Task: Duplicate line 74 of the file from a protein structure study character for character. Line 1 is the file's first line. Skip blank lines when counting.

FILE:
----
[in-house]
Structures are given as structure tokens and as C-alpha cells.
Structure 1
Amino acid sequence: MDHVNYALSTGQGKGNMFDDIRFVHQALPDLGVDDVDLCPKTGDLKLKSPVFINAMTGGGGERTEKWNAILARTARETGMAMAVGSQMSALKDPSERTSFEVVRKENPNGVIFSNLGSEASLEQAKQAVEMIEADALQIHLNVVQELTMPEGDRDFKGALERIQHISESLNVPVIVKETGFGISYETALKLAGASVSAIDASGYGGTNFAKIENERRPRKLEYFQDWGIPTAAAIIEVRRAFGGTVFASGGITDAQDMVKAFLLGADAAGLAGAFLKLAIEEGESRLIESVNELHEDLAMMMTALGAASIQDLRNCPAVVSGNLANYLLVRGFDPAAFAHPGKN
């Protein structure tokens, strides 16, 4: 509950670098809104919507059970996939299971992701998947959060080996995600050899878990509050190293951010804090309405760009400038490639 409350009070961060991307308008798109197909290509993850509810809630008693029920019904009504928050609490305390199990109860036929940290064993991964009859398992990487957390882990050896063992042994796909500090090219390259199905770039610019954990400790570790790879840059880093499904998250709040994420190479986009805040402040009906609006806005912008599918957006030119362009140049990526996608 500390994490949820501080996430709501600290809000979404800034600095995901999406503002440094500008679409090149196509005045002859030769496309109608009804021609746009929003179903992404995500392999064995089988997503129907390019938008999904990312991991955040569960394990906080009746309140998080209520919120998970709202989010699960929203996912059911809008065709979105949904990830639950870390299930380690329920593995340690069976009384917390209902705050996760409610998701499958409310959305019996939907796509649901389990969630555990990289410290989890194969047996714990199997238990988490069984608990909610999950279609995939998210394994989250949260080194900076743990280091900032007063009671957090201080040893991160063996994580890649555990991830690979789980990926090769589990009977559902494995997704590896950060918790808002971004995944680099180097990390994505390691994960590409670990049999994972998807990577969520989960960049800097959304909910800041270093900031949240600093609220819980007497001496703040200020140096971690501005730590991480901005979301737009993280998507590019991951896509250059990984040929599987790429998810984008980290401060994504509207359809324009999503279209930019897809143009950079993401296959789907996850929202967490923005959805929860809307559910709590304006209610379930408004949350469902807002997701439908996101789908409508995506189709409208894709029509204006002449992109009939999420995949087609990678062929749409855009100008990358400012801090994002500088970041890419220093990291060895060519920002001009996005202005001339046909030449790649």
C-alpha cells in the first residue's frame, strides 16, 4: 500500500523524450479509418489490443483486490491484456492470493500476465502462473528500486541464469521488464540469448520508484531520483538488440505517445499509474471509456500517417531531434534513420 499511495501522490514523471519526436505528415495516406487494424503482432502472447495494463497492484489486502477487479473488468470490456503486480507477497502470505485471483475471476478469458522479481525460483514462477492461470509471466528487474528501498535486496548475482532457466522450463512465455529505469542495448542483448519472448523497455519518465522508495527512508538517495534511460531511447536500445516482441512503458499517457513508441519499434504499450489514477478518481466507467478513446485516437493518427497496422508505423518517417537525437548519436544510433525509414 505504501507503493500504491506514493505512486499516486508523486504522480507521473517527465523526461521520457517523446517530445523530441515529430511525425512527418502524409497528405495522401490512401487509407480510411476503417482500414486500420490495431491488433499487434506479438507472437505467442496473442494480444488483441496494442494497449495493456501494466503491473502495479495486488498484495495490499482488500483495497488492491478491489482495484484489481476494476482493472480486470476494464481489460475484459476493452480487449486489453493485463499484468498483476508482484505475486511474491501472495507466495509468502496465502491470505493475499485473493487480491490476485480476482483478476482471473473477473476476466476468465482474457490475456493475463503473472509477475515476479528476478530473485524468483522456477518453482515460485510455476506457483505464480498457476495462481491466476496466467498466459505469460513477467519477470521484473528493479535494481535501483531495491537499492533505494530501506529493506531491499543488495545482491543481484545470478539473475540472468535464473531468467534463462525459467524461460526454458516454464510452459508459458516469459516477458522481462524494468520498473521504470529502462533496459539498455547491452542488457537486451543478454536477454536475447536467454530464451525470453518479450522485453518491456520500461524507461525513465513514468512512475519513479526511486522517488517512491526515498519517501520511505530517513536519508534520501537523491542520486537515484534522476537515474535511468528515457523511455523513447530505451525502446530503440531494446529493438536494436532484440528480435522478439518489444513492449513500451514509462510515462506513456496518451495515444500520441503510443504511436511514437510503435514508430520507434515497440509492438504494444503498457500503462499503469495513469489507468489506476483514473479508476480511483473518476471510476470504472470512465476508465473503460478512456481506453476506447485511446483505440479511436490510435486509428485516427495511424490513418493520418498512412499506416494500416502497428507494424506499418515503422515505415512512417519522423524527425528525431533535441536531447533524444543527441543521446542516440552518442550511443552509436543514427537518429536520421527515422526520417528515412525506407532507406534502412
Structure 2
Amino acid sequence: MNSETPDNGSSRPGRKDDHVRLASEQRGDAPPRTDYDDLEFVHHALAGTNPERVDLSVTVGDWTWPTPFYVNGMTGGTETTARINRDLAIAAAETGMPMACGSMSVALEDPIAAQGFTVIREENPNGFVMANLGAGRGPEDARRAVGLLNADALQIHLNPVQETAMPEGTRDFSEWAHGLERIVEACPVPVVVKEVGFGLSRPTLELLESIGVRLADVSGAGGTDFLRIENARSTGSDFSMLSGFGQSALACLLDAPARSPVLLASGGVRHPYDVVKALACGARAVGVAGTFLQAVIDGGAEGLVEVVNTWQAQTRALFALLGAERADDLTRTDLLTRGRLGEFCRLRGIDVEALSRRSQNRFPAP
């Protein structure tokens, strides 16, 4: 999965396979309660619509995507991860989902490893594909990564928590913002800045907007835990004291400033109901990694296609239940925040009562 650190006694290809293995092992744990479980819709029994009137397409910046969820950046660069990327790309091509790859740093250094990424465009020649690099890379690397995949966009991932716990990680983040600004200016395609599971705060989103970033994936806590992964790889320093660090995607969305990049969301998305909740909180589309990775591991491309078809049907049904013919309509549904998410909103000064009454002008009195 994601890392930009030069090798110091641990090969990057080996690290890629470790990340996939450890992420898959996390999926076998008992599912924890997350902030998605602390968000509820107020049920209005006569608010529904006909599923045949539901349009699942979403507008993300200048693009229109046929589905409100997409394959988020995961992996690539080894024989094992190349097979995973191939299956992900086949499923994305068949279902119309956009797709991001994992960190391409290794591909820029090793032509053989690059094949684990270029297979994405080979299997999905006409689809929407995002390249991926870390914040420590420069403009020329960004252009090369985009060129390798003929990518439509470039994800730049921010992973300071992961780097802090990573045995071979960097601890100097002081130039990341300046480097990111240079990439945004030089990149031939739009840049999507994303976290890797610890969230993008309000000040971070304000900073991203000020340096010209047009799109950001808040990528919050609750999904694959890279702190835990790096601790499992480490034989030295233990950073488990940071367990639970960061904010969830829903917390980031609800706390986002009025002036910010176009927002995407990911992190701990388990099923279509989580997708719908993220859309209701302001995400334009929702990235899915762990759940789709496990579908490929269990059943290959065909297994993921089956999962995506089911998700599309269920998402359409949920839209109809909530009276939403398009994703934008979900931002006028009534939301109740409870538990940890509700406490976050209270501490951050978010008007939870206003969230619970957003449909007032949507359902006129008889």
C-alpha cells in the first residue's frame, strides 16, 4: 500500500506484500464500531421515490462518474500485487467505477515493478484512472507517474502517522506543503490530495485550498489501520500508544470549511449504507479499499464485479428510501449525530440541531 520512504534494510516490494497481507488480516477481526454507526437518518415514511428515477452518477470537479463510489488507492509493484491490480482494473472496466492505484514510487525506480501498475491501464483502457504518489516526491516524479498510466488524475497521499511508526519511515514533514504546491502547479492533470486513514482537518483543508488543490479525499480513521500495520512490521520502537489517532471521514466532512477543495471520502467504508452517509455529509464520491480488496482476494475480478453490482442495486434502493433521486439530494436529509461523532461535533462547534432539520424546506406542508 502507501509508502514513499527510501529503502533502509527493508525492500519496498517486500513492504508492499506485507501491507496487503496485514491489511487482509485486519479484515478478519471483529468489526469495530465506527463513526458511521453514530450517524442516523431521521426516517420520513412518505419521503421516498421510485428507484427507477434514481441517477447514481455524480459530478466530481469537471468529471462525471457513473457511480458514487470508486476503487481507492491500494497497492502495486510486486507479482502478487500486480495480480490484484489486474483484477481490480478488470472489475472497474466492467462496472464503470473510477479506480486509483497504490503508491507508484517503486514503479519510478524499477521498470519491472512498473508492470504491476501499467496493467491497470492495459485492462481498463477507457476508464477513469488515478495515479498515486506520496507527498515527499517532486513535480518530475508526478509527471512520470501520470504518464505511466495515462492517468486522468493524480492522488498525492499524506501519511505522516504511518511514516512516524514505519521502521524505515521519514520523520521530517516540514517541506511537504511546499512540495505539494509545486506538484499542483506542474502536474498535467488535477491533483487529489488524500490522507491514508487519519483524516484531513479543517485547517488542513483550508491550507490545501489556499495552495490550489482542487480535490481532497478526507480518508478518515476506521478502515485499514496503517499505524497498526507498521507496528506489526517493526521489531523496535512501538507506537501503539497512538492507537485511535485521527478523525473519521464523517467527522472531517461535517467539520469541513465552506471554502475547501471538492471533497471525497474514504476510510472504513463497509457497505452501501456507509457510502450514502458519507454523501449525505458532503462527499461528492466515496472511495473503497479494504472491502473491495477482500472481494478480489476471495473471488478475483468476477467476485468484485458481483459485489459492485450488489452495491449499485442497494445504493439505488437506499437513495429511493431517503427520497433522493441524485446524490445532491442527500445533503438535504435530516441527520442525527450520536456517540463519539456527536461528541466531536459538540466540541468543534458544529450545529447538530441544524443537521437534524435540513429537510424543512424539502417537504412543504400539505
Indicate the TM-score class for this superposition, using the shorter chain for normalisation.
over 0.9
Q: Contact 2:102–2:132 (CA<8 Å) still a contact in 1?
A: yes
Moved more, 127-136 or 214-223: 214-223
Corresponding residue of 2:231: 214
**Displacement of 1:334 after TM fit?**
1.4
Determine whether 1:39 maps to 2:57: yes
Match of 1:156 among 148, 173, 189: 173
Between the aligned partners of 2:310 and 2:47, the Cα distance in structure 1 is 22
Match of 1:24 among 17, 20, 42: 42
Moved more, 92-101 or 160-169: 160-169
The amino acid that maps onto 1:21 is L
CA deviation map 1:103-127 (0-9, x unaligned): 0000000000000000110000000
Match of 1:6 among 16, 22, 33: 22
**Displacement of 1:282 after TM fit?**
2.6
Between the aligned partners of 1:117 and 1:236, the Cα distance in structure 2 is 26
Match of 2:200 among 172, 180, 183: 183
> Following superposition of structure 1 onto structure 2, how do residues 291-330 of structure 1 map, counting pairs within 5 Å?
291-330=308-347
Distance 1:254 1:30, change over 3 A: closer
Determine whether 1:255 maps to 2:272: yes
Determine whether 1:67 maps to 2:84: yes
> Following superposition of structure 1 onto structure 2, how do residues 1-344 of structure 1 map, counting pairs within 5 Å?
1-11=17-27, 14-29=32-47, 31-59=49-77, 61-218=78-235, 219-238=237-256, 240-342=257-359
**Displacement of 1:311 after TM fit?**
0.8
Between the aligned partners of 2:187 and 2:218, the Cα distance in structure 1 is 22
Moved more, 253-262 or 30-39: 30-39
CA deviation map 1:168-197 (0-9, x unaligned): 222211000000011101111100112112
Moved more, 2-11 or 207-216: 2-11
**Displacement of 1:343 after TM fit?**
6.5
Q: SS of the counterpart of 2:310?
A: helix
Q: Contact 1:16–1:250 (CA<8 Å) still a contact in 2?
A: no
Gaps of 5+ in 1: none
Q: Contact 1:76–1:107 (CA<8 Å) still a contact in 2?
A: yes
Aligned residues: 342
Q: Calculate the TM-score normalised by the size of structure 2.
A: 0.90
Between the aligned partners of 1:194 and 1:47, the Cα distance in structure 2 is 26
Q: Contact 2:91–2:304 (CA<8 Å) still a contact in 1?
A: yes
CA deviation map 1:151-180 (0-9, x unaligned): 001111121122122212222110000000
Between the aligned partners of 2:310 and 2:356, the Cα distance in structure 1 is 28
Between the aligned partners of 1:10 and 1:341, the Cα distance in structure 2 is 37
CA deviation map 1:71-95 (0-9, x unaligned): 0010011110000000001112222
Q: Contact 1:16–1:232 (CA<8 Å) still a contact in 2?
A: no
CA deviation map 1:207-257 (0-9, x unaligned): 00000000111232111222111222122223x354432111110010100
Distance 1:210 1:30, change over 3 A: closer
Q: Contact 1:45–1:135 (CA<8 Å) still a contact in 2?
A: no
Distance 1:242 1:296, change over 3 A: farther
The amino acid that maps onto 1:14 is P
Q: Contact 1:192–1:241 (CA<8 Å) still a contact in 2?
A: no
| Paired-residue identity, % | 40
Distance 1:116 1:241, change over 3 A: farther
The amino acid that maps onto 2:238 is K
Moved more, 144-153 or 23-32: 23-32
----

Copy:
Distance 1:116 1:241, change over 3 A: farther